Daily Bread - My Simple Bread Recipe

I make a simple wheat bread a couple times a week.  This is a versatile recipe and becomes the base for sandwiches, an accompaniment to soups and a side for curries.  Or I just put some butter on it to hold me over until dinner!  Depending on what I want I make round rustic loaves, traditional pan loaves, hamburger buns, bread bowls or dinner rolls. 

I didn't really get into bread making until we did Peace Corps and lived in the middle of nowhere without electricity or a grocery store.  One of our splurges was an oven that ran off a propane tank. 

I had a simple soft pretzel recipe that I learned in eighth grade home-economics that became the basis for my bread.  Lots of trial and error and four years later, making bread is a natural part of making dinner.  I wish I hadn't been so isolated when I was starting out.  A post like this would have really sped up my learning curve!

I've been tweeting with @ChrisKamprath trying to help him trouble shoot his bread making.  This post was inspired by him.  It takes way more than 140 characters to explain bread.  Although I think the best way would be to teach someone in person.  Here's my attempt to blog about it!

I should warn you all that this bread does not keep particularly well, once cut it gets dry over night. But it is perfect fresh out of the oven. The two of us, I have a very hungry husband, we can usually eat most of a loaf by ourselves.  I use any left over bread for eggy-in-a-basket, peanut butter toast or to make bread crumbs in the next day or two. 

This bread recipe is easy. The last time I bought bread it was because I had stitches in my hand and couldn't do the kneading for a couple weeks.  It does take some time to do two rises, but if you plan it right, it is perfectly practical for daily dinners even if you hold a full time job.  Plus it is cheaper and healthier than anything you can buy at the grocery store.  Here's how you do it. 

Simple Daily Bread Recipe
1 cup warm water
1 tablespoon sugar
2 1/4 teaspoon active dry yeast
1 teaspoon salt
1 tablespoon oil
1 cup wheat flour
1 1/2 cups all purpose flour (plus or minus a bit)

  1. Start by proofing the yeast.  Proofing means to make sure the yeast is growing before you start making the bread.  First warm a cup of water.  You want the water as warm as you can stand to touch it.  Yeast loves water about 115 degrees F.  If it is too hot the yeast will die and if it is too cold the yeast won't bloom quickly. 

    Pour the warmed water into a large bowl and mix in the sugar.  Sprinkle the yeast over the top.  The sugar is the food the yeast will consume to start growing.  Cover the bowl with a towel and let it set a couple minutes.  The yeast will bloom becoming fuzz over the water that's how you know it is alive and growing.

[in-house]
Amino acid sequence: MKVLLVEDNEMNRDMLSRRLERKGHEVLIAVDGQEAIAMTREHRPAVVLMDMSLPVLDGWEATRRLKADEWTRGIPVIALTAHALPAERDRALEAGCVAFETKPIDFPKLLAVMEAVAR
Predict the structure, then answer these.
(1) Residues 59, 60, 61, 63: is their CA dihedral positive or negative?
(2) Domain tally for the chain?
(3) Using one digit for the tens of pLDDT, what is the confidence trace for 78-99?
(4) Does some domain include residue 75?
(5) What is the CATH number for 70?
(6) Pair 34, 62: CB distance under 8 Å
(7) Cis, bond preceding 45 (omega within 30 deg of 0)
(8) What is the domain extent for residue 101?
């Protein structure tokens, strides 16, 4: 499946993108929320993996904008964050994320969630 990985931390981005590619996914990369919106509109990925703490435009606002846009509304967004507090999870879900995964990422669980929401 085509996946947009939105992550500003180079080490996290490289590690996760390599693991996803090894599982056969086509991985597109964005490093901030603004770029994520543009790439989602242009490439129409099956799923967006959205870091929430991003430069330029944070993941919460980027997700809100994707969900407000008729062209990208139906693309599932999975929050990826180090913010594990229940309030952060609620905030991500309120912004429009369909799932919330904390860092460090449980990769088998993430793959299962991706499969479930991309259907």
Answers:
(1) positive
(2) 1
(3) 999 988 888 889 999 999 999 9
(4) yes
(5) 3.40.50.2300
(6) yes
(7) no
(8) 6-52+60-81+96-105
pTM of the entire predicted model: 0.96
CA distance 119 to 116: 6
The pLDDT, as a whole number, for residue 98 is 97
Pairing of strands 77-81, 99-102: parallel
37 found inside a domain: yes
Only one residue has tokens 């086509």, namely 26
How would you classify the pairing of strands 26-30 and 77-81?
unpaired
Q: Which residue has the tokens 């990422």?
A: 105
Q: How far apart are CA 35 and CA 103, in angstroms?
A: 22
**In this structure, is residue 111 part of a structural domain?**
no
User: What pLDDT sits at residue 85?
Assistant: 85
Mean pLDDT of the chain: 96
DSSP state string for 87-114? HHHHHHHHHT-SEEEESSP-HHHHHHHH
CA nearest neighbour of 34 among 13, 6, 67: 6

2. I usually wait until the fuzz covers the water before adding the salt and oil.  Depending on the day I use olive or canola oil or if I have any chicken or bacon fat on hand I use that.  You could also use butter, really any fat will do as long as it is in a liquid form.

    Next, mix in the wheat flour with a wooden spoon.  I find wooden spoons are excellent for mixing dough.

    Then cover the bowl again with a towel and let it sit another five minutes.  This allows the wheat flour a chance to hydrate before adding in the white flour.  If you skip this step it is easy to wind up with a dry, dense loaf.
  3. Next add in the all purpose flour slowly mixing it in until you can't mix with a wooden spoon anymore. 

    Then, use clean, dry hands to kneed.  Start by kneading in the bowl to incorporate all the loose flour. 

    If the dough is sticking to your hands, add a little more flour.  Then turn the dough out on to the table and kneed for five minutes.  (I've got some tips at the end of this post for how to know when you've reached the right consistency and troubleshooting if you have dry, dense, flat or other issues.)

  4. Lightly cover the dough with oil and let rest in a bowl covered with a towel.  Put the dough in a warm place and let rise until double.  I don't usually keep very close track to how much time this takes.  This time I used a stop watch and I let it rise 40 minutes. 

  5. Then punch down the dough and shape into your final form.  I often just make a ball for a round loaf.  Today I wanted bread bowls for chowder so I cut the dough into quarters and shaped it into rounds.

    The most important thing to remember when shaping is to get all the air out so you don't have any air pockets in your bread.  When I bake bread on cookie sheets I put down corn meal underneath to keep it from sticking to the sheet.  For a loaf I roll it out with a rolling pin into a rectangle, roll it up into a log and then tuck the ends under.  Then I put it into a well greased loaf pan.
  6. Let the dough rise again until double. I let it rise for 50 minutes which was actually longer than my first rise, but I was working on making the chowder and time got away from me.  Bread making is not an exact science if you go over or under with raising time, it's usually not a big deal.